For me, each season brings a change in the type and intensity of exercise, so different muscles are stressed and my body knows it. As I guessed in the video introducing this blog, my hips and shoulders were sore the next day after snow shoeing for the first time this winter. Soon I will climb on x-country skis for the first time this season, and the next day my lower back and abdominals will be sore. Next spring after I get back on my mountain bike for the first time, my thighs, forearms and hands will take their turn.
In his book "FrameWork," orthopaedic surgeon Nicholas DiNubile says this is due to "delayed-onset muscle soreness" or DOMS. It is caused by tiny tears to muscles, and usually occurs 12 to 24 hours after vigorous exercise. Sometimes there is also a burning sensation caused by metabolic debris like lactic acid accumulating in the stressed muscles. Surprisingly, Dr. DiNubile cautions against popping aspirin and ibuprofen to alleviate the soreness because these drugs can interfere with muscle repair by blocking the production of prostaglandin. Instead, he recommends eating soy and other antioxidants.
Dr. DiNubile also dismisses the rubbing on ointments like Icy Hot or Tiger Balm because they don't cure the muscle damage but just hide it by creating a more intense sensation on the skin. He suggests if there is any benefit, it is from the massaging action of rubbing on the ointment. Of course, any TOJ knows if it is a question of distracting the brain away from the soreness, that can just as easily be accomplished by a Guiness Stout, plus you get the added benefit of some B vitamins.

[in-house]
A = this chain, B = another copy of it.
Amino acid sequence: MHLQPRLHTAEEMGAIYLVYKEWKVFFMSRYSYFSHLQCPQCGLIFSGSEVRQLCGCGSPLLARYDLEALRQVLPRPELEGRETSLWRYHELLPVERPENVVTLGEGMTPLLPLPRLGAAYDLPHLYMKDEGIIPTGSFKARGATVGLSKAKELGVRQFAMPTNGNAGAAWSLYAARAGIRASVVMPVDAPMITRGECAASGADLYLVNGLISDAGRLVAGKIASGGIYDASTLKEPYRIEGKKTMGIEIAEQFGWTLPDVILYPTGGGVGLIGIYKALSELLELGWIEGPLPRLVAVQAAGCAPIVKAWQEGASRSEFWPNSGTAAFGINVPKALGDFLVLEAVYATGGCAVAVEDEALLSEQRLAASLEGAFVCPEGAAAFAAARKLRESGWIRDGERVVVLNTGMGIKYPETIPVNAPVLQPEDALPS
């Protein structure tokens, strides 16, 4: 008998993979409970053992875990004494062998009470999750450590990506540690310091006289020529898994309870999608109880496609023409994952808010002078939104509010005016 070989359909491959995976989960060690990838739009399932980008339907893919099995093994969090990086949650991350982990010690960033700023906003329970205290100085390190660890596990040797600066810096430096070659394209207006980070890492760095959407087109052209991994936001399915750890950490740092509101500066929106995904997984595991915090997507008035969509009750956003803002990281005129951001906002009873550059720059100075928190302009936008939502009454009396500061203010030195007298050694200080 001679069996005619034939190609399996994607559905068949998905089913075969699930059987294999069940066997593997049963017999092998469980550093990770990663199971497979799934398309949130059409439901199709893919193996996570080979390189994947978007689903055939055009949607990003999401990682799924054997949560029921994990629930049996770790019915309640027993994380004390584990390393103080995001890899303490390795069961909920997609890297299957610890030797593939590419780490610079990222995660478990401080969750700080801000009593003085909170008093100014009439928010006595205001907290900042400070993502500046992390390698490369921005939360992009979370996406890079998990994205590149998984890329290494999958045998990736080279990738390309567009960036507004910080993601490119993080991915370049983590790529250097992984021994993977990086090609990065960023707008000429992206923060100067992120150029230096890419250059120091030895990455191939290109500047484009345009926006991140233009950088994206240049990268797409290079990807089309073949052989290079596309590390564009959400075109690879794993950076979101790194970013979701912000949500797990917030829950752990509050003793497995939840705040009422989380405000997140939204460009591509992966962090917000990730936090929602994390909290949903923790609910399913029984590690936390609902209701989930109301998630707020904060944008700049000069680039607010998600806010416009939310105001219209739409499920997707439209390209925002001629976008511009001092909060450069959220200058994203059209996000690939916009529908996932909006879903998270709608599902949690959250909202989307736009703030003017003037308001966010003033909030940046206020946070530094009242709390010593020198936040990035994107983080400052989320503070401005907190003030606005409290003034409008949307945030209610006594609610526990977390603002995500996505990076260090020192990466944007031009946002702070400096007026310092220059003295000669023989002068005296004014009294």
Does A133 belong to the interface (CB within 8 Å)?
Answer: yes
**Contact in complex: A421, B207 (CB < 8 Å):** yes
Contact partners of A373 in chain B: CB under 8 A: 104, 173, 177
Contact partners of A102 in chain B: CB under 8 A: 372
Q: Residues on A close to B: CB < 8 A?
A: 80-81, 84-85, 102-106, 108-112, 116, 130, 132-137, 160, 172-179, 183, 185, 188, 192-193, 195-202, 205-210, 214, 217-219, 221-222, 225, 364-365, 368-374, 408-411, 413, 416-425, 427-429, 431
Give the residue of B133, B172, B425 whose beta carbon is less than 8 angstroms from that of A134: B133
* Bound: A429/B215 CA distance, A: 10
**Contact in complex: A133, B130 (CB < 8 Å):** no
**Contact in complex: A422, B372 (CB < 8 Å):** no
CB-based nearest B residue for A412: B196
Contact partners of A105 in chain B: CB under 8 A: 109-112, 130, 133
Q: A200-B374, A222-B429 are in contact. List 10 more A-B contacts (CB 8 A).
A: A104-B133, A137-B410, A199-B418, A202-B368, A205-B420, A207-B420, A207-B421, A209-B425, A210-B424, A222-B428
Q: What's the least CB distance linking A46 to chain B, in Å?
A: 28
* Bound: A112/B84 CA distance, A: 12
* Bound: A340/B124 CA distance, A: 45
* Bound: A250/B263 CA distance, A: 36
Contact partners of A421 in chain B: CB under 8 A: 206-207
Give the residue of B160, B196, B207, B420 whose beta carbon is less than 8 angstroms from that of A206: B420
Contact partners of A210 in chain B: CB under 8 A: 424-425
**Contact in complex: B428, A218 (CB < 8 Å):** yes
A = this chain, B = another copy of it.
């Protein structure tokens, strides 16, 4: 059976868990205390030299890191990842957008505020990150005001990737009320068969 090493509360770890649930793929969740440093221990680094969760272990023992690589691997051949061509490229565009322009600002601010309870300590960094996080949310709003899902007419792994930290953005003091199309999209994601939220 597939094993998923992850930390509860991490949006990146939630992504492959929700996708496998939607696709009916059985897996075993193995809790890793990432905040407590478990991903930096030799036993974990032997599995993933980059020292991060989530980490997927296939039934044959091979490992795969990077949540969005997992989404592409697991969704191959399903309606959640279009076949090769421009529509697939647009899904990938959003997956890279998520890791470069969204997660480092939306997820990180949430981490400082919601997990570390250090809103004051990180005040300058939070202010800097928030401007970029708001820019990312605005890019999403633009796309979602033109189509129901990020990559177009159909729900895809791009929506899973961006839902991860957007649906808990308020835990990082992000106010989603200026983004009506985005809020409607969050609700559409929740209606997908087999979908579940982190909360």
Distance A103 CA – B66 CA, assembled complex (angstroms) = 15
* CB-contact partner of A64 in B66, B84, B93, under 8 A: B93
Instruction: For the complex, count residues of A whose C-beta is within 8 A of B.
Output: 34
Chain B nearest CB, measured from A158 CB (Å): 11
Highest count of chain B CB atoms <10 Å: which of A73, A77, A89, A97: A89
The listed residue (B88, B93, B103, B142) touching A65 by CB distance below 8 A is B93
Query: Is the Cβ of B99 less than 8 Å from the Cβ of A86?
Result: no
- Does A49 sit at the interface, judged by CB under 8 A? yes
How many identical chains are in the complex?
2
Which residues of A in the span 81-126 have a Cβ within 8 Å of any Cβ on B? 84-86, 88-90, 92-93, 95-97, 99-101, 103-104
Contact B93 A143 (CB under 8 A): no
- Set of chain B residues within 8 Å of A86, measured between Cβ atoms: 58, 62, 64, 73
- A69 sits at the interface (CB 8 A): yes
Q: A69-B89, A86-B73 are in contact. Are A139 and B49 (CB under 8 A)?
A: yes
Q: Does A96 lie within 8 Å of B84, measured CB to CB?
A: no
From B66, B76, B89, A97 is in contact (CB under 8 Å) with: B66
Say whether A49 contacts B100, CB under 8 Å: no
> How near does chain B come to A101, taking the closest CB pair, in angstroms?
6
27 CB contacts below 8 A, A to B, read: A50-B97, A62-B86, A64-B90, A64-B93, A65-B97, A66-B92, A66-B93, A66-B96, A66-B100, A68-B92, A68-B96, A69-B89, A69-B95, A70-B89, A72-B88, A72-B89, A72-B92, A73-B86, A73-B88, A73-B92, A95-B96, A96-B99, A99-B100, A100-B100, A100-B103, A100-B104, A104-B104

Dr. DiNubile observes that many negative changes which were once attributed solely to aging, like bone and muscle loss, can usually be traced to physical inactivity. Fortunately physical activity is to a TOJ what flight is to a bird. But love of exercise can easily cause a TOJ to fall into an exercise rut.
We all have physical activities we enjoy and those we don't. The problem with being in an exercise rut is that one set of muscles, and all the blood vessels, nerves a tendons involved with them, may thrive, but many others simultaneously atrophy. Have you ever noticed how some marathoners look emaciated and anorexic? And with too much repetition of one type of exercise your joints take a beating. Dr. DiNubile has seen these ruts cause basic imbalances in the muscle and skeletal systems which lead to long term, chronic injuries.
Body builders have a concept called "muscle confusion." The idea is that any weight routine repeated over and over eventually leads to a plateau where the muscle stops developing altogether. To avoid this they systematically change their lifting routine every few weeks so their muscles develop continuously and faster.
A TOJ can extend the concept to all his or her activities because it is more important than ever to mix up your muscles to maintain your strength, balance, flexibility and endurance. As you age, if you allow yourself to decline in any of these fundamentals of fitness, it will take much more time and effort to restore them, plus you increase the risk of injury.
TOJs exercise mainly outdoors, year around. The change of seasons creates a natural cycle that keeps not just your muscles, but your entire body confused. You adjust to run in mud, snow and ice. You adjust to extremes of heat, cold, and humidity. You balance one way on skis and another on a bike. You propel yourself over ups, downs and flats. You vary time and intensity. You rest, then do it again.
For a TOJ, variety is just what the doctor ordered. Yep, your muscles are often sore, but that's okay. There's always a cold six pack of medicine waiting in the refrigerator.